There are safe and economic significances in extracting the fault feature of rolling element bearing opportunely for its wide range using in rotating machinery. The traditional and classical techniques such as Fast Fourier Transform (FFT) and envelope demodulation (ED) were used for the purpose usually. However, the above two classical methods do not work effectively with the increasing complexity of the rotating machinery because the collected fault signal is becoming more and more complex. It is hard to diagnose the early weak fault of rolling element bearing and the corresponding technique is also a research hotspots. To solve the analyzed shortcomings of current fault diagnosis methods, a new fault diagnosis method of rotating machinery by combining wavelet packet decomposition (WPD) with empirical mode decomposition (EMD) was proposed in the paper [1]: the WPD was used as denoising purpose and the EMD was used as fault feature extraction technique. The extract feature vectors were used as training and testing vector and input into the intelligent method, satisfactory classification result was obtained at last. The fault signal of rolling element bearing is easily overwhelmed by other strong vibration signals due to the close space locations of other vibration components in the machine. To solve the above problem, a new method named cyclic spike detection was proposed in paper [2] and used in recovery of the weak bearing fault features from a multicomponent signal. The effectiveness of the proposed method in detecting cyclic spike was validated by the multicomponents signal, including a simulated signal and a real vibration signal collected from an industrial machine. In paper [3], the minimum variance cepstrum (MVC) was used for detecting the periodic fault signal caused by the early fault of automotive ball bearing under running condition, and the analyzed results verify that feature of bearing’ early weak fault not only could be extracted effectively by the proposed method but also the proposed method is more advantage over other relative method such as cepstral. By combing discrete wavelet transform (DWT) with artificial neural network (ANN), a pattern classification method was proposed in paper [4]: The DWT was used as feature extraction method of the spur bevel gear box firstly. Then the extracted feature vectors were used as the training and testing input of the intelligent classification method (ANN), and satisfactory classification results were obtained at last. The two common used denoising methods (wavelet decompositionbased denoising and wavelet filterbased denoising) were compared in paper [5], and the comparison results revealed that the latter is more suitable to detect the weak signature of mechanical impulselike defect signals, whereas the former can achieve satisfactory results on smooth signal detection. Besides, the study on the selection of optimal parameters for wavelet filter was also carried out in the paper. An integrated method combing resonance demodulation with entropy threshold denoising of wavelet packet coefficients was proposed in paper [6] to solve the difficulty of fault feature extraction of the early weak impulsive signal. The validity and effectiveness of the proposed method in feature extraction of rolling element bearing’ early weak impulsive signal were proved by the analysis results of experiment data. The virtues of tunable Qfactor wavelet transform (TQWT) and neighboring coefficient denoising were combined in paper [7] to propose a denosing method of the rolling element bearing’ early weak fault signal corrupted by strong background noise. The experiment results demonstrated that the proposed method can identify the fault features much more successfully than other conventional wavelet thresholding denoising methods. In paper [8], The EEMD and tunable Qfactor wavelet transform methods are combined and used in fault diagnosis of rolling element bearing’ early weak fault successfully. Though considerable results are achieved, most of the above cited papers obtained the test damaged rolling element bearing with different size using electrical discharge machining (EDM) technology to simulate the early weak fault. In actual, it is a very complicated and long process from the installation of rolling element bearing to its natural ultimate failure, so it is not reasonable to process fault on the parts of rolling element bearing using EDM directly. In this paper, the rolling element bearing accelerated life test is carried out to obtain the vibration data of the testing bearings’ three stages: The data of their installation stage, their fault initial stage and their final failure stage. The effectiveness and feasibility of the proposed method are verified by using the vibration data of the bearings’ initial stage.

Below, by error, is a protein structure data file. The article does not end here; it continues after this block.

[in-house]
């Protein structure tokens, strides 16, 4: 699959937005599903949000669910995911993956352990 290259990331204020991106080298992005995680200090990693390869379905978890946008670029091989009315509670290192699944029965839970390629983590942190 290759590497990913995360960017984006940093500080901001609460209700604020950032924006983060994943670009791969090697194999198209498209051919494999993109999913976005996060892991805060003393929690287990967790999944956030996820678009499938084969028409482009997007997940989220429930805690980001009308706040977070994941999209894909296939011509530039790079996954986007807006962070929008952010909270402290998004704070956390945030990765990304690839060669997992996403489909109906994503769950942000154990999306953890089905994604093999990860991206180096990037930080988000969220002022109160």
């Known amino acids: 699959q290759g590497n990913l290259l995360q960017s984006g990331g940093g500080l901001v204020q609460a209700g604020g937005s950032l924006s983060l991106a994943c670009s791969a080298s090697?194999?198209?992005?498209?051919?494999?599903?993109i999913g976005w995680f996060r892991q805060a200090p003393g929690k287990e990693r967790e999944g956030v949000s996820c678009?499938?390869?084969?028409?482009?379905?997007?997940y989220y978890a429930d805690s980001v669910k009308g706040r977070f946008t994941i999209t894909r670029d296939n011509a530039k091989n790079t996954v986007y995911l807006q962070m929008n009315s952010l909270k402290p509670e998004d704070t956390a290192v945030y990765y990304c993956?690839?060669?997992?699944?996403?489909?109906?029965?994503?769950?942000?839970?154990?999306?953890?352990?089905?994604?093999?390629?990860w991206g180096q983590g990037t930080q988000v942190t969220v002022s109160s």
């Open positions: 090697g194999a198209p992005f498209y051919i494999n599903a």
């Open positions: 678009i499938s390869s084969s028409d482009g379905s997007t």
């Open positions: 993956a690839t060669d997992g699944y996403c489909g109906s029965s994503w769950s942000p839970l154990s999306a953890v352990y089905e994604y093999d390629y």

SISC [9, 10] is a new signal processing method based on sparse representation, and its application in fault diagnosis of rotating machinery’ weak fault is very limited. In paper [11] a redundant dictionary from a large number of existing signals was trained using SISC, and the classification of different kinds of bearing faults was realized at last. From a different perspective, the basic idea of this paper is to penetrate into the underlying structure of the signal to realize noise cancellation and feature extraction. SISC is used here as the basis function learning algorithm to capture different structural characteristics hided in the signal. By decomposing the original signal into these basis functions simultaneously, fault related time series can be separated through optimal latent component filtering. So, the method proposed in this paper can be considered as a feature enhancing technique without requiring any prior knowledge.